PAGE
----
Kids are stressed by the holidays, too

Empowering children and ourselves to prioritize health and safety
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Center City, Minn. (Nov. 24, 2021) –Through the eyes of a child, the winter holidays glow with the anticipation of times filled with games, food and traditions as family and friends gather. Yet, as counselors at the Hazelden Betty Ford Foundation Children's Program know, for some kids—just as for adults—this time of year can also cause anxiety and fear, especially in families affected by addiction.

For years, the Children's Program has operated a holiday hotline for alumni of the program to reach caring adults who provide an understanding ear. At its 15 clinical sites around the U.S., Hazelden Betty Ford often sees an increase in readmission rates during the last two months of the year—spurred by factors such as the strain of the holidays, insurance deductibles, and the promise of the New Year—followed by an increase in overall admissions after the holidays.

Worrying about parties and if their loved one will drink too much or use drugs can consume a child's mind and take the fun out of what should be a joyous occasion, says Helene Photias, national executive director of the Children's Program. These worries are natural for a child who has experienced the hurt of a loved one's addiction and are heightened during holidays when alcohol, drugs and addiction are waiting in the wings.

A conversation between a child and their adult caregiver to confront these worries before the start of the holiday season can help to decrease the anxiety and fear, says Photias. "Let kids know that it is okay to have these feelings, that they are not alone—perhaps you share some of the same concerns—and that it is always okay to talk about your feelings with someone you trust and who cares about you," she suggested.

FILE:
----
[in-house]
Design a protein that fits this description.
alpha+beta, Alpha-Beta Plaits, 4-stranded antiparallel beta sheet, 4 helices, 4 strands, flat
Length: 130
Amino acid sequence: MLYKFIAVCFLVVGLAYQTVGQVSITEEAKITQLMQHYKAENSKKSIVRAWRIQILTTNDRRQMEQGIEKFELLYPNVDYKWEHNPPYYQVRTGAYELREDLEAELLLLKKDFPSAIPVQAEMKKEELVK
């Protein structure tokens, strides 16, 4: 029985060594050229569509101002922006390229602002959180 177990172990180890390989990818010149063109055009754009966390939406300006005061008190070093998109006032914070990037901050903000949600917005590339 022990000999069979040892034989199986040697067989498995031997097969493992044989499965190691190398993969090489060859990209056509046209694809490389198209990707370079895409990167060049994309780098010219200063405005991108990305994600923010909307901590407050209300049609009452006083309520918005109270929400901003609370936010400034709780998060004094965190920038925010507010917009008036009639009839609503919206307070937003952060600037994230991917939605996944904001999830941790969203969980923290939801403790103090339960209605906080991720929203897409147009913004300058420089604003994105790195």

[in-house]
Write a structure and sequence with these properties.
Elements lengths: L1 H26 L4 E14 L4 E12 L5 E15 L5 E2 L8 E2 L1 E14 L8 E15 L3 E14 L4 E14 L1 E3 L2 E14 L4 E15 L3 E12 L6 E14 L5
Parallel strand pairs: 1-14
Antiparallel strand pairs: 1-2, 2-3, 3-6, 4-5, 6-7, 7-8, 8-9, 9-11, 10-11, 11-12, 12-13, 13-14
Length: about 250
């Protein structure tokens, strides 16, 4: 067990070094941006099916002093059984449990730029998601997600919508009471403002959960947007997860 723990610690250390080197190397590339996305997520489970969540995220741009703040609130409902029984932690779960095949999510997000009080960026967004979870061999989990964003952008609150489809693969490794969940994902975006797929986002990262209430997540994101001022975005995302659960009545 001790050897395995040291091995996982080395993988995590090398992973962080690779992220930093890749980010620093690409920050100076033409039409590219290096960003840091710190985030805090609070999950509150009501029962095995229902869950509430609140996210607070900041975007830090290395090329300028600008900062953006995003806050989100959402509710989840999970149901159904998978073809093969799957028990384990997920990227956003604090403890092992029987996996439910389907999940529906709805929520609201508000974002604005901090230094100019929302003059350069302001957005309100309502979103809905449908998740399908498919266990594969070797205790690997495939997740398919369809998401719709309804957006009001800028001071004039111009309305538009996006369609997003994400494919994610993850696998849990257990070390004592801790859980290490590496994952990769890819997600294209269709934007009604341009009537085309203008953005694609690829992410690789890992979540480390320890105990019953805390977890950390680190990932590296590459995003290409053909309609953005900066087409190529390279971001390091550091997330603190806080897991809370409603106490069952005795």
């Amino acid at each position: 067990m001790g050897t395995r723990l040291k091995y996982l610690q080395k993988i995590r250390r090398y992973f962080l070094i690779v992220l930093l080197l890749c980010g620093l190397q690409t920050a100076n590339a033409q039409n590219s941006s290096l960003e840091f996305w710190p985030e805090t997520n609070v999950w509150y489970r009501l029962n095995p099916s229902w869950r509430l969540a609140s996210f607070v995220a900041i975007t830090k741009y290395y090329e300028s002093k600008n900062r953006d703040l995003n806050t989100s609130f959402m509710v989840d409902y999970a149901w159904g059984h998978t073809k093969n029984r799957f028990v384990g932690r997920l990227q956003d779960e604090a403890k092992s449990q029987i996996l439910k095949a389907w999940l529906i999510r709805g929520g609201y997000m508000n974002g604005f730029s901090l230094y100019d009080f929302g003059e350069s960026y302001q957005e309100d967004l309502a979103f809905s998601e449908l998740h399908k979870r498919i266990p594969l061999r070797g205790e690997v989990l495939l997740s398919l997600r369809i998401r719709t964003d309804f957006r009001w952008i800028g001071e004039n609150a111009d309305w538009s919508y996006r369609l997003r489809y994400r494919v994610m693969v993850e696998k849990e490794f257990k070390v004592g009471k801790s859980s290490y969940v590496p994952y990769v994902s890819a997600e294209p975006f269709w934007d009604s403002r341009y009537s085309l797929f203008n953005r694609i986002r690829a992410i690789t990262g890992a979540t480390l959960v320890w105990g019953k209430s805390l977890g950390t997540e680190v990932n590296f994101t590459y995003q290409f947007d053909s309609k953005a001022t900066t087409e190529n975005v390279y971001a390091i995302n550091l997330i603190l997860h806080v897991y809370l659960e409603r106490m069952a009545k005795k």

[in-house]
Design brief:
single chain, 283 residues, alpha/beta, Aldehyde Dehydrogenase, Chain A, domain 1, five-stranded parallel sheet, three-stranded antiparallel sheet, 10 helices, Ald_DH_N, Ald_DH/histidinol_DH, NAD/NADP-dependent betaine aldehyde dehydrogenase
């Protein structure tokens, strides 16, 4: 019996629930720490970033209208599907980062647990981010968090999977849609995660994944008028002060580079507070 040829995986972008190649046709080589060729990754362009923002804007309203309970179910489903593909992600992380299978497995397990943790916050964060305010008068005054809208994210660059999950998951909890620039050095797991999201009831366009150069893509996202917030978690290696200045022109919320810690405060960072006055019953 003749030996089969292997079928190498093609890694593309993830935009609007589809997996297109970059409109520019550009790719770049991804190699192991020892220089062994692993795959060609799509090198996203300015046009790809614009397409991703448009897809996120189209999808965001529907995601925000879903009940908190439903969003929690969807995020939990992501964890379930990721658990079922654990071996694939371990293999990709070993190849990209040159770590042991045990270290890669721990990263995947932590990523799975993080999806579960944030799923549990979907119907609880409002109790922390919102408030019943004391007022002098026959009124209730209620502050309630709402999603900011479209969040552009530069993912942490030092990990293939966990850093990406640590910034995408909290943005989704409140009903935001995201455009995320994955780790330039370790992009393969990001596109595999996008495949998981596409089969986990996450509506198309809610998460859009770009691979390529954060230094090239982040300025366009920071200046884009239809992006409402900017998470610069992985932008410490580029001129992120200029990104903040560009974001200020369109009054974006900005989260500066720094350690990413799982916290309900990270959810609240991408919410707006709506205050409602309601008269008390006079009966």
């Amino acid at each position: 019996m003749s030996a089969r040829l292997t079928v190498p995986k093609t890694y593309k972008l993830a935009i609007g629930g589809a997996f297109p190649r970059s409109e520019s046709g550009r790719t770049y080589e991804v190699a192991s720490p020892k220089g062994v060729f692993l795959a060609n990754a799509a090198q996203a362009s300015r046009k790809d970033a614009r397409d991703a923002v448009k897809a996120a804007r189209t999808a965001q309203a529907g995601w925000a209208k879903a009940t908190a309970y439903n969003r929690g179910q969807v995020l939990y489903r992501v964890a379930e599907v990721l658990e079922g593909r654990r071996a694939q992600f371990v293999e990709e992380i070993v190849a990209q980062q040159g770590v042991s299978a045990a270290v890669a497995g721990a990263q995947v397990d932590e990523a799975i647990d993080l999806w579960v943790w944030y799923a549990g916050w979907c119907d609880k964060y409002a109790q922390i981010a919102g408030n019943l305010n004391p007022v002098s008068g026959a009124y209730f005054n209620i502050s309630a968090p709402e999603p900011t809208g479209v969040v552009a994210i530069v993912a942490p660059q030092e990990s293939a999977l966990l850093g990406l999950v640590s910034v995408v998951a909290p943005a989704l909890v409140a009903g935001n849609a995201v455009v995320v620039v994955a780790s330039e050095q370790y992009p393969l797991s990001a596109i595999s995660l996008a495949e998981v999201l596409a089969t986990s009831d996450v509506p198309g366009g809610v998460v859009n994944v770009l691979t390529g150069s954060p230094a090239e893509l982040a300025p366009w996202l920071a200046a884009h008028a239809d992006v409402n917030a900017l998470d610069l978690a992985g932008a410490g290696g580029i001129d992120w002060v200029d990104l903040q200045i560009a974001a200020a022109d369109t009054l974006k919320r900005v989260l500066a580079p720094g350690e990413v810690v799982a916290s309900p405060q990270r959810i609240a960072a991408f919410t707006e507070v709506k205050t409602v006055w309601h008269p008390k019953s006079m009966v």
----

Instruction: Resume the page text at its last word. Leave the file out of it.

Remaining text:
Photias emphasized that healthy actions and consistency—not promises—help children to feel safe. Children will find it comforting to know that their adult will use the support of friends, sponsors and meetings to stay healthy and sober. "And if your child is spending time with others during the holiday and you are unsure of a grown-up's sobriety, discuss your kid's concerns and help them set up a safety plan if necessary," said Photias, adding, "Empower your child to reach our for help."

The Hazelden Betty Ford Foundation website offers many resources for the holidays:

About the Hazelden Betty Ford Foundation

The Hazelden Betty Ford Foundation is a force of healing and hope for individuals, families and communities affected by addiction to alcohol and other drugs. As the nation's leading nonprofit provider of comprehensive inpatient and outpatient addiction and mental health care for adults and youth, the Foundation has treatment centers and telehealth services nationwide as well as a network of collaborators throughout health care. Through charitable support and a commitment to innovation, the Foundation is able to continually enhance care, research, programs and services, and help more people. With a legacy that began in 1949 and includes the 1982 founding of the Betty Ford Center, the Foundation today is committed to diversity, equity and inclusion in its services and throughout the organization, which also encompasses a graduate school of addiction studies, a publishing division, an addiction research center, recovery advocacy and thought leadership, professional and medical education programs, school-based prevention resources and a specialized program for children who grow up in families with addiction.